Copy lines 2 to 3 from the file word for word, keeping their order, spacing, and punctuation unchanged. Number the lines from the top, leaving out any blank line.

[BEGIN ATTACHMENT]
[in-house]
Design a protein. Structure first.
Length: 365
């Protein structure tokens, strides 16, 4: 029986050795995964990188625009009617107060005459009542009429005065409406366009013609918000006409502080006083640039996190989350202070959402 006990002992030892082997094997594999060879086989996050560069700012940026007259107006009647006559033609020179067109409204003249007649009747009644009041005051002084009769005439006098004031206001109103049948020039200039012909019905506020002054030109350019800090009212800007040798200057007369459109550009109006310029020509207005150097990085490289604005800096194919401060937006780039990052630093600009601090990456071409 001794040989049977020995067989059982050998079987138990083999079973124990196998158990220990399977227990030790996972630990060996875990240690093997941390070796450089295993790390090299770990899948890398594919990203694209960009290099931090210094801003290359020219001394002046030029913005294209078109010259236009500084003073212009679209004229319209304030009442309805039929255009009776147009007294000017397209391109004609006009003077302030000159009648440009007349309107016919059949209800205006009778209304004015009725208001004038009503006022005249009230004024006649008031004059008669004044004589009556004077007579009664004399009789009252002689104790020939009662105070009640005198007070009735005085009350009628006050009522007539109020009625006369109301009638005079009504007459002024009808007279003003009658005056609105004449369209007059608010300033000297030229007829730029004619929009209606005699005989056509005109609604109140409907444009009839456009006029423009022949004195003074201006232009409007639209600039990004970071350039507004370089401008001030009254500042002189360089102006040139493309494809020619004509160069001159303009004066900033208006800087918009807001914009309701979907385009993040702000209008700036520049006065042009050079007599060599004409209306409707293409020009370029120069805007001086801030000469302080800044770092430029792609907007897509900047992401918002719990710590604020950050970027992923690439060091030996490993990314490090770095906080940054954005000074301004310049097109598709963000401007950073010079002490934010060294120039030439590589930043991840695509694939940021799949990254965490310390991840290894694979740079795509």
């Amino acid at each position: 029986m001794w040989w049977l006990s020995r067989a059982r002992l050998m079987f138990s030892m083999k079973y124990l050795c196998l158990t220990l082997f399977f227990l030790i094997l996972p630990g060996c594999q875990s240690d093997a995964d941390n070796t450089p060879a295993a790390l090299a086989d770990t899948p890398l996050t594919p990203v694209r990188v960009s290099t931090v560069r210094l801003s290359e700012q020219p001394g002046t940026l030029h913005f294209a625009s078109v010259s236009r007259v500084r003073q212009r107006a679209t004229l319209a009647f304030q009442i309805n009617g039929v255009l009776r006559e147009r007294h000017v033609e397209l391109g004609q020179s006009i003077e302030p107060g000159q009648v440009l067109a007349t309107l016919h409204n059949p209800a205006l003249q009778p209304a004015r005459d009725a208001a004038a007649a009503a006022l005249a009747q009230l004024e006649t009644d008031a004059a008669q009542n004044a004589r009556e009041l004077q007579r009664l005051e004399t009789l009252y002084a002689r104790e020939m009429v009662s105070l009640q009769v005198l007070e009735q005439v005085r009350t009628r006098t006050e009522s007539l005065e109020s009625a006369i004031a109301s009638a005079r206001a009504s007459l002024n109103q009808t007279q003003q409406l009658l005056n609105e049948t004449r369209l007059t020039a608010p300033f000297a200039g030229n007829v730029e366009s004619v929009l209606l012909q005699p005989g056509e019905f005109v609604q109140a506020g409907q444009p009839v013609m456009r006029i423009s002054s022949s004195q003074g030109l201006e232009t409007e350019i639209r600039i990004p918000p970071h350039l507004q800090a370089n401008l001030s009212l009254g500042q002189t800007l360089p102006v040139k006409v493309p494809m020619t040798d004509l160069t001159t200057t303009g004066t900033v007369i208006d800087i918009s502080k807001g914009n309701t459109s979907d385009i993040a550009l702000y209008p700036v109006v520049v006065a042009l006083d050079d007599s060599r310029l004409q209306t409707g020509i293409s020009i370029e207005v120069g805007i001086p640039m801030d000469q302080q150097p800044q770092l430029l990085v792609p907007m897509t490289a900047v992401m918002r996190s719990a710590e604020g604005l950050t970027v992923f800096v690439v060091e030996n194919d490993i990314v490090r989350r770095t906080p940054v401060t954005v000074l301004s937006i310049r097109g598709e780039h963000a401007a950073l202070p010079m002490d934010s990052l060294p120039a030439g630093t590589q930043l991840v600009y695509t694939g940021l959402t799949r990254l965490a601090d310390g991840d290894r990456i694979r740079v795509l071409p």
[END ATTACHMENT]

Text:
Design a protein. Structure first.
Length: 365